As families grow strong and healthy, keep warm in clothes, may they take the most important  task of embracing the gospel in the biblical way and testify proudly in the name of our Lord. I pray for long life, good  health , wider donation network, everlasting stability and true revelation of your effort in the gospel outreach so that you may continue with your vision for the hopeless in many parts of the world.

Yours faithfully,

Emily

LTRP Note: If you would like to purchase one of the baskets made by the Christian widows (including Emily) in Rongo, Kenya, visit our store page for the baskets. The women are receiving a fair market wage for their labor. It has made a tremendous difference in their lives. Click here for some photos of the widows basket program and to read some of the widows’ testimonies.

Coming to Christ Through Mysticism?

by Roger Oakland

The spiritual formation movement teaches that if people practice certain spiritual disciplines, they can become like Jesus and model their lives after Him. But being born again and having the indwelling of Christ is not a prerequisite. Neither is receiving Him as Lord and absolute Savior. What spiritual formation offers is an alternative to God’s plan of salvation revealed in Scripture.

Here is the problem: The spiritual seeker is looking for something to make him feel close to God. If he does not have the indwelling of the Lord, perhaps has never heard the message of repentance and rebirth, he will seek something to help him feel intimate with God. When he is introduced to meditation, which produces a feeling of euphoria and well-being, he mistakes this for the presence of God. And thus the foundation of his faith is not on Christ or the Word of God, but rather on this feeling. This would explain why so many teachers of contemplative and spiritual formation begin dropping the emphasis on biblical truth and distort the doctrines of the faith.

Tony Campolo, professor emeritus of sociology of Eastern University in St. David’s, Pennsylvania, is founder of the Evangelical Association for the Promotion of Education. His own testimony provides an example of someone who has not only embraced mysticism, but regards it as the avenue through which he considers himself born again.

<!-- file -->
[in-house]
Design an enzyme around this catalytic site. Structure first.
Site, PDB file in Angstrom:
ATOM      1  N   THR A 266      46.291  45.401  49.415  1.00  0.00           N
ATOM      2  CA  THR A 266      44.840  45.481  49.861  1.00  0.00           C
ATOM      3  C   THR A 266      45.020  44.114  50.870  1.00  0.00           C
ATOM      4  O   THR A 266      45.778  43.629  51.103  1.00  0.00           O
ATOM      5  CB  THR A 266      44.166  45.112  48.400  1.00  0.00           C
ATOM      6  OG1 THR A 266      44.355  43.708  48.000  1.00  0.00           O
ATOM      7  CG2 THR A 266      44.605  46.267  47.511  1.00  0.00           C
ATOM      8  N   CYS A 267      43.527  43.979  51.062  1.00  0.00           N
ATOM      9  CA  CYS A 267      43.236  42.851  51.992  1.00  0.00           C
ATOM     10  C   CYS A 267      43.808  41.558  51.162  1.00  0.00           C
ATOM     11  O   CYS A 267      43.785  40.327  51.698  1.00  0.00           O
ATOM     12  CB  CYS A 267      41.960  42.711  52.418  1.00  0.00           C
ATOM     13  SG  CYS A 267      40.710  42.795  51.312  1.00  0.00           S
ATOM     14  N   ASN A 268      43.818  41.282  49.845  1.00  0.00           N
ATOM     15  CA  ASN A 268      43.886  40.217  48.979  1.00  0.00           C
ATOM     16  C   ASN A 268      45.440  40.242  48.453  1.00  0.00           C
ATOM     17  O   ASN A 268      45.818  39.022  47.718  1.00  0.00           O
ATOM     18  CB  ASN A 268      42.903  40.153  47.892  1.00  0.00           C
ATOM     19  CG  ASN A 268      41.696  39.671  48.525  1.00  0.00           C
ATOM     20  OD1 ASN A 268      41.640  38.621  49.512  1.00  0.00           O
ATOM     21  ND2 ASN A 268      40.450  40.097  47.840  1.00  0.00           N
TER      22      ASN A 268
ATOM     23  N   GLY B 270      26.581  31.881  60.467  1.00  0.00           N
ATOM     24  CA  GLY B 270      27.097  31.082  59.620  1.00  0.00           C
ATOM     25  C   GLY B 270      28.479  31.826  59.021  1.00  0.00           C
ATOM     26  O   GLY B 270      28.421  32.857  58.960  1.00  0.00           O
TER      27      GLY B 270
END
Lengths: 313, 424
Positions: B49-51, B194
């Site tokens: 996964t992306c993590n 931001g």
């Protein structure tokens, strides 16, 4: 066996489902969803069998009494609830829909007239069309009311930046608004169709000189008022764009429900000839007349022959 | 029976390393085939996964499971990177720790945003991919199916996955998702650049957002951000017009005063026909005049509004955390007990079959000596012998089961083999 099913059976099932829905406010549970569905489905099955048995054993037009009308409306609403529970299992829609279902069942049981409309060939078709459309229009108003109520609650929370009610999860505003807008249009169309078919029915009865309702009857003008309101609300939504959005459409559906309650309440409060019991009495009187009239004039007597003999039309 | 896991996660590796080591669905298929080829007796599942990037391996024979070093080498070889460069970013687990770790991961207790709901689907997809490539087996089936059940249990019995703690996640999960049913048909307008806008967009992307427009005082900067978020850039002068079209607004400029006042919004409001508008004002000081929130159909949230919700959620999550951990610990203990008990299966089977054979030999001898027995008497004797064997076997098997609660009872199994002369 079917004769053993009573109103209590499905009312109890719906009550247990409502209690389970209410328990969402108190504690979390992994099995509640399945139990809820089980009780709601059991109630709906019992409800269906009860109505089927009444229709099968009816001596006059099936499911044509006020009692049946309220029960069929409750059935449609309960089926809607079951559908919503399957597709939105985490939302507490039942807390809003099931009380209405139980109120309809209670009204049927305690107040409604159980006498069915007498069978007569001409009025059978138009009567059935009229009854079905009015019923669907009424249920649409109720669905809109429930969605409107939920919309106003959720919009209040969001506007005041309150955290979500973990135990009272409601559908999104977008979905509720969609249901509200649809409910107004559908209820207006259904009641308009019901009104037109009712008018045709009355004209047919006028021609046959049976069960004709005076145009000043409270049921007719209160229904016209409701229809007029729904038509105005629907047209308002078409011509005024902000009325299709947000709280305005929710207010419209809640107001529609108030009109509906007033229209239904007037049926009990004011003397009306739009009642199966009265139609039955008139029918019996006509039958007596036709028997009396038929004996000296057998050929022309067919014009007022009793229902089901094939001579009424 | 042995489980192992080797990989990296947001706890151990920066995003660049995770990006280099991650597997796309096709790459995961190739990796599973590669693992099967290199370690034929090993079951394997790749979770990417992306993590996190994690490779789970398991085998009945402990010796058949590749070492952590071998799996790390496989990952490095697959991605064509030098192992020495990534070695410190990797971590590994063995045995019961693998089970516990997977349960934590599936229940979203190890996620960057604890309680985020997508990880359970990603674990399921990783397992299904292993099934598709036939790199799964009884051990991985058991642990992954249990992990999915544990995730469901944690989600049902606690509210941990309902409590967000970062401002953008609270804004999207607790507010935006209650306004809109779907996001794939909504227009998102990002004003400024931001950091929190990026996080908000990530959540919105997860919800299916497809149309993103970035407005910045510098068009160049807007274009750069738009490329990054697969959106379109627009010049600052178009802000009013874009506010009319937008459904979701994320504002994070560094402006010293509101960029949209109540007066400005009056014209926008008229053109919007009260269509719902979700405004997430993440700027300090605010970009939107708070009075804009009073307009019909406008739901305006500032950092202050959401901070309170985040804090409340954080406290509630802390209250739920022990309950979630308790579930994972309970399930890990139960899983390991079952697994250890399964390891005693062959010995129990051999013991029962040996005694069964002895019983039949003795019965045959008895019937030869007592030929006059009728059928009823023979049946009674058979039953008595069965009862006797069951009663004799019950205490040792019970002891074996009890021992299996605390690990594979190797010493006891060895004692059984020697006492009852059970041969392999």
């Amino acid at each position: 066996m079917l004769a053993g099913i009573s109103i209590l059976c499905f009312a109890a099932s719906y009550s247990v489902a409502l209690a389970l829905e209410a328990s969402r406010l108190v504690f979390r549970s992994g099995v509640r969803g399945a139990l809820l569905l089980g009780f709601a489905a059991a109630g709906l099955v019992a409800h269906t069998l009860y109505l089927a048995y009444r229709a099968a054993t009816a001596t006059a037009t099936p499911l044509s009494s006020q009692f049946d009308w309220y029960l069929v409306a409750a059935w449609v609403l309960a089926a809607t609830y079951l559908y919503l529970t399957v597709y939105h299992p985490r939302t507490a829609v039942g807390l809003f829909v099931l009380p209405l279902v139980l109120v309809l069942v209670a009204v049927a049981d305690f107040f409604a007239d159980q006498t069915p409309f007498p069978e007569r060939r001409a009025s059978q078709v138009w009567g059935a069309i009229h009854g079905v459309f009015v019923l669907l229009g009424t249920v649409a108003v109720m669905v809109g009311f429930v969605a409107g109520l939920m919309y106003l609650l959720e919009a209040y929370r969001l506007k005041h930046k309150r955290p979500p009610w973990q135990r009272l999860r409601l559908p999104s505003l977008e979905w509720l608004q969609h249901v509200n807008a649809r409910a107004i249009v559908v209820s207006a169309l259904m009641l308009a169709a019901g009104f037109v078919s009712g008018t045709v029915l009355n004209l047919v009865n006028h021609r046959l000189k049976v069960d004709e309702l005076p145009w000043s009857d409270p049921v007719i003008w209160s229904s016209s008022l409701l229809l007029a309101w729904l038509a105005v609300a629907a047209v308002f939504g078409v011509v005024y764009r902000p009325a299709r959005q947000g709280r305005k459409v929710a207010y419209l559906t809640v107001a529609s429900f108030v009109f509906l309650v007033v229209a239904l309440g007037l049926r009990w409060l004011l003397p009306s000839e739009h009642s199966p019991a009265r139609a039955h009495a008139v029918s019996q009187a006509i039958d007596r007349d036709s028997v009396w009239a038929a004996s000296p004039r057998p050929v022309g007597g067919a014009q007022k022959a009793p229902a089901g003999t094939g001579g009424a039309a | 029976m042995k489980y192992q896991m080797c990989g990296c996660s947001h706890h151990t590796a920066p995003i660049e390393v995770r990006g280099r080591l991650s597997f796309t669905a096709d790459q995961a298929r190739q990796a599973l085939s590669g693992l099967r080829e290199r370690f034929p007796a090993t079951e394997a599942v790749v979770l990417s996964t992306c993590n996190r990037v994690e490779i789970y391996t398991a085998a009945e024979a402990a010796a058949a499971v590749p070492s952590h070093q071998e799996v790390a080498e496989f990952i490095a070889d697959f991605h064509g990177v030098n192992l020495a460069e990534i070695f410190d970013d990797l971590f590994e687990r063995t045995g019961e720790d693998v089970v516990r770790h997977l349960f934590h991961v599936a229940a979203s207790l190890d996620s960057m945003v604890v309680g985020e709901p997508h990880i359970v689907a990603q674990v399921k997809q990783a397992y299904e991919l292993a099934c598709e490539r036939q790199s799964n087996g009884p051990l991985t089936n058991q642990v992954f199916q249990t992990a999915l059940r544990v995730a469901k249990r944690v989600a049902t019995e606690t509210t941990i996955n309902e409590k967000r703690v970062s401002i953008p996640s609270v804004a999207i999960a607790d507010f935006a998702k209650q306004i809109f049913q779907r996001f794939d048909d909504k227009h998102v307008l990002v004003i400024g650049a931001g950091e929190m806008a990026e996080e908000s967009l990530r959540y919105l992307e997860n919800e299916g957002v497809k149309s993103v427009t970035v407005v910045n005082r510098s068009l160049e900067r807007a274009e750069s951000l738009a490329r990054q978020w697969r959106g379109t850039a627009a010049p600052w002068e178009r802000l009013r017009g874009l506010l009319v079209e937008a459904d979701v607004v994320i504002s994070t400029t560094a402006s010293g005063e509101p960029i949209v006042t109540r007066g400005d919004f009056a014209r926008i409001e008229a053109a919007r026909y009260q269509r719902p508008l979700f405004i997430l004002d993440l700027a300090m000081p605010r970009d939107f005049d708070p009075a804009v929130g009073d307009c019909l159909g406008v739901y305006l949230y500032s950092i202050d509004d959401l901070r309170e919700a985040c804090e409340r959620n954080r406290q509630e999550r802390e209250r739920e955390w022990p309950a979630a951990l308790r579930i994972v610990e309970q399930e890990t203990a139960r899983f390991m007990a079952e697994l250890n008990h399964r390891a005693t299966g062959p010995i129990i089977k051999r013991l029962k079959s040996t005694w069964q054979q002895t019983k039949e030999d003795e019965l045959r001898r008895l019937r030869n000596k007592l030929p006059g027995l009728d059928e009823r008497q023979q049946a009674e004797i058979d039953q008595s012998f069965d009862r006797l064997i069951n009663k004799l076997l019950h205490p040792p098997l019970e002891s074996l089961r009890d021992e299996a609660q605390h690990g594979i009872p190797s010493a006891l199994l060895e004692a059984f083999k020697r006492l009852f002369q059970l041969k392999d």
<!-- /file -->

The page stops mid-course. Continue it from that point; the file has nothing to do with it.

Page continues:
In his book Letters to a Young Evangelical, Campolo shares his own personal testimony in a chapter called “The Gospel According to Us.” He begins the chapter the following way:

As you may know, most Evangelicals at some point make a decision to trust in Jesus for salvation and commit to becoming the kind of people he wants us to be.1

Campolo presents the details of his conversion experience. He begins by stating:

When I was a boy growing up in a lower-middle-class neighborhood in West Philadelphia, my mother, a convert to Evangelical Christianity from a Catholic Italian immigrant family, hoped I would have one of those dramatic “born-again” experiences. That was the way she had come into a personal relationship with Christ. She took me to hear one evangelist after another, praying that I would go to the altar and come away “converted.” But it never worked for me. I would go down the aisle as the people around me sang … “the invitation hymn,” but I just didn’t feel as if anything happened to me. For a while I despaired, wondering if I would ever get “saved.” It took me quite some time to realize that entering into a personal relationship with Christ does not always happen that way.2

Now, it is certainly true that not all conversions are experienced by coming to Christ at an evangelistic crusade. However, it’s important to carefully consider how Campolo describes in this same chapter his personal conversion experience in light of Scripture. He continues: